And then came Airbus. AirBUS? It’s not a bus, but a plane! And there’s no way the Europeans could compete with Boeing, NO WAY!

    Only that proved to be untrue. Just like our ability to win in Vietnam. Boomers were brought up in an age where the United States was the undisputed king, we thought there was nothing our country couldn’t achieve, in truth all the boomers were active patriots, waving the flag, until the mid-sixties and Vietnam, when they might be sent to Southeast Asia and get their ass shot off in an unwinnable war.

    That was the human element.

    And that’s what “Downfall” adds to the picture. I knew almost everything in the flick, having followed the story closely, but to see the relatives of the dead? You never recover from that. And I can’t think of a worse way to die than in an airplane. Come on, to this day when something odd happens on the jet you start to contemplate it, especially when the captain comes on and says there’s a problem. I’ve been there, I don’t think my anxiety has ever been higher than the return flight to the airport we’d taken off from.

    But in truth, your odds of dying in the crash of a major airline jet are infinitesimal, your odds of dying in a car are higher. But when it happens, essentially no one survives. I mean dying in an avalanche is bad, but in a matter of minutes you pass out. The plane heading straight down to the land or sea…I don’t even want to contemplate it.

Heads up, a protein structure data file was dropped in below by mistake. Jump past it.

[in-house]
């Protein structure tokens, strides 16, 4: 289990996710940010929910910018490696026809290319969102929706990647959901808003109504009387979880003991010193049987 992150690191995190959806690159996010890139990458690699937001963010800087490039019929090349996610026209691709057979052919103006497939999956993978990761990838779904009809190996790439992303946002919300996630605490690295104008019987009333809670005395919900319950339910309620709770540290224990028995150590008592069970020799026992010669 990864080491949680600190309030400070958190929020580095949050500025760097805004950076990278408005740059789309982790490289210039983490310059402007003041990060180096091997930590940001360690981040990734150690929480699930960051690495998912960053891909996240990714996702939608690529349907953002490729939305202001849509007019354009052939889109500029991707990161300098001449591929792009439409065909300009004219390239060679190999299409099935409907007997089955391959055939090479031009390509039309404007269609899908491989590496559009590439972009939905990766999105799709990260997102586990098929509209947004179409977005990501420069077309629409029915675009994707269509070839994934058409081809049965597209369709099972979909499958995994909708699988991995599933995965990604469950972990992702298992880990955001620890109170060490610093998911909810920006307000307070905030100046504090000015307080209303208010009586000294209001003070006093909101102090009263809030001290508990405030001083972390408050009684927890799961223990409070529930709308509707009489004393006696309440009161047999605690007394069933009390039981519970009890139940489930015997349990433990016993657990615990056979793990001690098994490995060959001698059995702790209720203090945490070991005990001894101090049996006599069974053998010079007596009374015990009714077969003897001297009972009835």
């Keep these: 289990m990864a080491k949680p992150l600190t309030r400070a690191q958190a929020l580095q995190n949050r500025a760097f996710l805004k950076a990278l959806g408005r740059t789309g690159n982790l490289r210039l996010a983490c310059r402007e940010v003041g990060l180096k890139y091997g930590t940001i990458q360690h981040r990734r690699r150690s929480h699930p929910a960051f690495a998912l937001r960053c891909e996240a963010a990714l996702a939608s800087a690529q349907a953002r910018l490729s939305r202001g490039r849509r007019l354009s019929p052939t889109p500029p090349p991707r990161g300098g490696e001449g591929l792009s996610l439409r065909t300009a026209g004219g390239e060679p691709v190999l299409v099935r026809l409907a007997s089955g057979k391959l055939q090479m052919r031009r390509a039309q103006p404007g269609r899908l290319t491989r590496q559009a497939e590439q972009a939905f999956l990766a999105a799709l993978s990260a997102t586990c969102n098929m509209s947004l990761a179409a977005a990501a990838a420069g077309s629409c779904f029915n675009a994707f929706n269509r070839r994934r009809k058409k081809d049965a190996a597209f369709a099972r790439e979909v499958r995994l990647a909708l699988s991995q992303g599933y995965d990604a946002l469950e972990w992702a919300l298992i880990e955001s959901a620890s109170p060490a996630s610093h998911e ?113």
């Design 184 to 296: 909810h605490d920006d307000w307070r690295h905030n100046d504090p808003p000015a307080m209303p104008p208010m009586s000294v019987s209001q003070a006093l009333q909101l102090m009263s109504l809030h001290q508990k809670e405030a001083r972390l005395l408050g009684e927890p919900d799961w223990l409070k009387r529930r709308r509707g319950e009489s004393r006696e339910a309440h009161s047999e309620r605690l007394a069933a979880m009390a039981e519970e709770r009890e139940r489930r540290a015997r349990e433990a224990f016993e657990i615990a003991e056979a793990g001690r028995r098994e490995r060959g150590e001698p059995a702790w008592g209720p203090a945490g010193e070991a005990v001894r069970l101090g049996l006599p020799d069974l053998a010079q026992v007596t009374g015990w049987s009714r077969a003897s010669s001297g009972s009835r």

So there are two stories involved here. The one of the two crashes, the Lion and Ethiopian 737 Maxes, and the corporate greed that ultimately caused the problem.

    You see Boeing was beaten to the punch by Airbus. Boeing was disrupted. By technology. Airbus provided a much more fuel efficient airplane and Boeing had nothing to compete with it, to create a brand new competitor would take nearly a decade. So Boeing gussied up the decades old 737 and sold it as a solution.

    But you can’t continually fix the past, oftentimes you have to start with a blank sheet of paper. Techies are normally good with this. Write off the past for a better future. Which is why I’m against the EU standardizing USB-C as the world’s connector. You want to impede technological innovation? Hell, the Lightning connector in today’s iPhones is far superior to the 30 pin one offered on the original devices, and smaller too.

    But it’s the emphasis on corporate greed that ultimately resonates here.

    Boeing moved its headquarters to Chicago. That would be like Universal Music doing the same, it made no sense, the planes were built in Seattle and the South Carolina.

    But what this documentary does so well is delineate the schism that ultimately led to the crashes. Boeing merged with the fading McDonnell Douglas, which itself was the result of a merger, and ultimately the McDonnell Douglas brass ended up in control. And they had no understanding of the Boeing corporate culture, and only cared about profits. They wanted to make their bonuses!